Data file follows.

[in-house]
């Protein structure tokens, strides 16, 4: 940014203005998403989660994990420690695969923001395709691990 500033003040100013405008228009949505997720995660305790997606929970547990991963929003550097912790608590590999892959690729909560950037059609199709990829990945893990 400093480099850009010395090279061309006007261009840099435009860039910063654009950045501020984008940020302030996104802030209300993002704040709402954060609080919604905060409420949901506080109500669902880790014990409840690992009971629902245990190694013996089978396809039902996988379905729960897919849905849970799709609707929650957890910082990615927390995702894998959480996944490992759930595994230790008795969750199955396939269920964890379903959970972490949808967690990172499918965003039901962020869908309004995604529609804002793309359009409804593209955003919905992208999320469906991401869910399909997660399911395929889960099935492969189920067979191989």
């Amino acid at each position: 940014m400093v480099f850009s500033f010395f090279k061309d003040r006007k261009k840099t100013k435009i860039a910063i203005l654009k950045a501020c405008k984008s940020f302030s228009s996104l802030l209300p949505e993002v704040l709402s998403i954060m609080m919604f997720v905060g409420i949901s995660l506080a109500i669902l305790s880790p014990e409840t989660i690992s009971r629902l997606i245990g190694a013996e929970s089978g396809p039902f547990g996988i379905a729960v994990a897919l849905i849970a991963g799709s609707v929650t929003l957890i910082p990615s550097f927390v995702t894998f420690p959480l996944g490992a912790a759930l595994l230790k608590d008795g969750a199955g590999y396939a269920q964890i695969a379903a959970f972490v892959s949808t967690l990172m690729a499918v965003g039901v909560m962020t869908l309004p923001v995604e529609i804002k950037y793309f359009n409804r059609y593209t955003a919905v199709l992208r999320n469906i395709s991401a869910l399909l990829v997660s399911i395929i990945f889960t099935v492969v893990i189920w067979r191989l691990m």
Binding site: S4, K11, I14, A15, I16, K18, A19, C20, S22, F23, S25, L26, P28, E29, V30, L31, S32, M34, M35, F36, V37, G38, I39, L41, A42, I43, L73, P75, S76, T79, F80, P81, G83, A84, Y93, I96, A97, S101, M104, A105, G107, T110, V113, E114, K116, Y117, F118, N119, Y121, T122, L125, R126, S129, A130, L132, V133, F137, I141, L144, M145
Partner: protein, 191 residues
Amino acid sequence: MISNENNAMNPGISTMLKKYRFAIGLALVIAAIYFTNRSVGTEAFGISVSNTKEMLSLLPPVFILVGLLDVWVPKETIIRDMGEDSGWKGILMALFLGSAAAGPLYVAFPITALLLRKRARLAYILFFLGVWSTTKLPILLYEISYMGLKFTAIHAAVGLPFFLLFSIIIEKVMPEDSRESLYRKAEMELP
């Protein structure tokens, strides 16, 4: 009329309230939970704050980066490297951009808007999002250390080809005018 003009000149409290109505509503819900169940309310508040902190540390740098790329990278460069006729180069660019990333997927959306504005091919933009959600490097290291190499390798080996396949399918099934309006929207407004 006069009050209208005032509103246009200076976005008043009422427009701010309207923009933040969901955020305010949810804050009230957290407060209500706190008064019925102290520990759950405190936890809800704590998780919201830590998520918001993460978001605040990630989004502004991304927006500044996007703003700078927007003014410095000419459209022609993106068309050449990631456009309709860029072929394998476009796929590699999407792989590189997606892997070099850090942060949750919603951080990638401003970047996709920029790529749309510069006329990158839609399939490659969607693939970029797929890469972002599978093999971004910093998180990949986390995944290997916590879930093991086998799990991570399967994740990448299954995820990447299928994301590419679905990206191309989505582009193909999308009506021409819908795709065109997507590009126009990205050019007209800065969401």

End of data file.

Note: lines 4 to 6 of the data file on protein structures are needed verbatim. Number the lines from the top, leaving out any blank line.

Binding site: S4, K11, I14, A15, I16, K18, A19, C20, S22, F23, S25, L26, P28, E29, V30, L31, S32, M34, M35, F36, V37, G38, I39, L41, A42, I43, L73, P75, S76, T79, F80, P81, G83, A84, Y93, I96, A97, S101, M104, A105, G107, T110, V113, E114, K116, Y117, F118, N119, Y121, T122, L125, R126, S129, A130, L132, V133, F137, I141, L144, M145
Partner: protein, 191 residues
Amino acid sequence: MISNENNAMNPGISTMLKKYRFAIGLALVIAAIYFTNRSVGTEAFGISVSNTKEMLSLLPPVFILVGLLDVWVPKETIIRDMGEDSGWKGILMALFLGSAAAGPLYVAFPITALLLRKRARLAYILFFLGVWSTTKLPILLYEISYMGLKFTAIHAAVGLPFFLLFSIIIEKVMPEDSRESLYRKAEMELP